The first short message went out over Arpanet, the precursor to the internet, 50 years ago this year—and it changed everything. Much of the change has been wonderful—as the internet has revolutionized communication, commerce, and access to information, in the process transforming and improving the lives of billions of people. But as we are ever more acutely aware, that very technology infrastructure is also a tool for scams, identity and financial theft, election fraud, and oppression.
These are all subjects that will be examined at [email protected]: The Roots and Future of the Internet, a unique two-part event to be held at the MIT Media Lab and Café ArtScience in Kendall Square on July 16, 2019. Xconomy is partnering with the World Frontiers Forum, a non-profit effort set up by professors from Harvard and MIT, to hold this event. With it, we will pay tribute to the internet pioneers and also look ahead to what the next 50 years might bring, for both better and worse.
It promises to be an amazing day. A large number of internet pioneers (many from the Boston area) will be on hand, both on stage and in the audience during the afternoon—and as our guests at dinner. Among our speakers are living legends of the internet, including Vint Cerf, Radia Perlman, Bob Kahn, Len Kleinrock, and Bob Metcalfe—all inductees into the Internet Hall of Fame. Others taking part include Media Lab founder Nicholas Negroponte; Neil Gershenfeld, who heads MIT’s Center for Bits and Atoms; Cornell computer science legend Deborah Estrin; Nadya Peek from the University of Washington; and Raffi Krikorian of Emerson Collective, who has only recently stepped down as CTO of the Democratic National Committee, where he led efforts to recover from Russian hacking and more. Krikorian will speak on How to Fix Social Media.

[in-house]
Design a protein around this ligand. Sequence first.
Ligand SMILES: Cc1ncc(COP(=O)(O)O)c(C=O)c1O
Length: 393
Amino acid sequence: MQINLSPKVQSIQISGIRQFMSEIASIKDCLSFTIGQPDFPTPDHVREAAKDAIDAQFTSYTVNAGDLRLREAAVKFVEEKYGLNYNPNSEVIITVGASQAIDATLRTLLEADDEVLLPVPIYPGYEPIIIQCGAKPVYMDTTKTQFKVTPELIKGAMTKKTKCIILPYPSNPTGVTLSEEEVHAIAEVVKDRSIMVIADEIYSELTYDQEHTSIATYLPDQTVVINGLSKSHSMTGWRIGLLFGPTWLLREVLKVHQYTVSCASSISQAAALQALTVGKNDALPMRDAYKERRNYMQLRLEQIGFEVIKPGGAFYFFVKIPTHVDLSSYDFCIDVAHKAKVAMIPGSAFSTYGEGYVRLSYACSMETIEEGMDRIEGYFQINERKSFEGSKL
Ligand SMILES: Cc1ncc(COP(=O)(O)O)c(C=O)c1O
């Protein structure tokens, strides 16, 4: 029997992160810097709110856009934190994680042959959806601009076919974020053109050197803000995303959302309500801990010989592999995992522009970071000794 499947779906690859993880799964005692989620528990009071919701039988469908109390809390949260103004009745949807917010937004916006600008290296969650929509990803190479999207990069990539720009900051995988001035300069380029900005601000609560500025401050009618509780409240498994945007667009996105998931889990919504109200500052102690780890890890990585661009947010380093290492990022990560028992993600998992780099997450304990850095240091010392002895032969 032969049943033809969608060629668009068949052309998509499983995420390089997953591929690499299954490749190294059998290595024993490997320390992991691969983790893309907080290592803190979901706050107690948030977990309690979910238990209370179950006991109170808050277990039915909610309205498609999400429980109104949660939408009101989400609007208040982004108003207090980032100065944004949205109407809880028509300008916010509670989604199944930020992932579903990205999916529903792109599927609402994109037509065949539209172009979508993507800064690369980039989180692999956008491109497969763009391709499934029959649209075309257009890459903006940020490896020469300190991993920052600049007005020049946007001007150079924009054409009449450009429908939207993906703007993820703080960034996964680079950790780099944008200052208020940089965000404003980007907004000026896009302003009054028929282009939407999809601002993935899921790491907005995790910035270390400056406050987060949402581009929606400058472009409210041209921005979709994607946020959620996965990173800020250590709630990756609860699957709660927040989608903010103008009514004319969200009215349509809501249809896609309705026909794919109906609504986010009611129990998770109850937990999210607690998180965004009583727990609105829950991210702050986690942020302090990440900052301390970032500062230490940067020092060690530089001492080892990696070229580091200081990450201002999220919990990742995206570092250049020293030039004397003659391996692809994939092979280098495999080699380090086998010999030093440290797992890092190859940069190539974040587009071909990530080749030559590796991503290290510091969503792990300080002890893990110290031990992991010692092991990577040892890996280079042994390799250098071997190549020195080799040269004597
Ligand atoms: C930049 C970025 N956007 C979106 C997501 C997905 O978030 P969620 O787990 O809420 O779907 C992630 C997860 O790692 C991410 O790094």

Among the other topics we will consider are infrastructure and data management (should the internet as we know it be torn down and rebuilt from scratch? Many say yes); privacy and security, internet of things; the interspecies internet (yes, we might one day communicate with dolphins and apes over the internet); and of course, the future of free elections.
You can learn more and register here for both the afternoon event and the dinner, or just one. Both will include networking time that provides the rare opportunity to meet with the internet’s pioneers and other speakers, as well as your fellow attendees. And we are planning some additional surprise elements as well.
Again, you can register here. I hope to see you on July 16.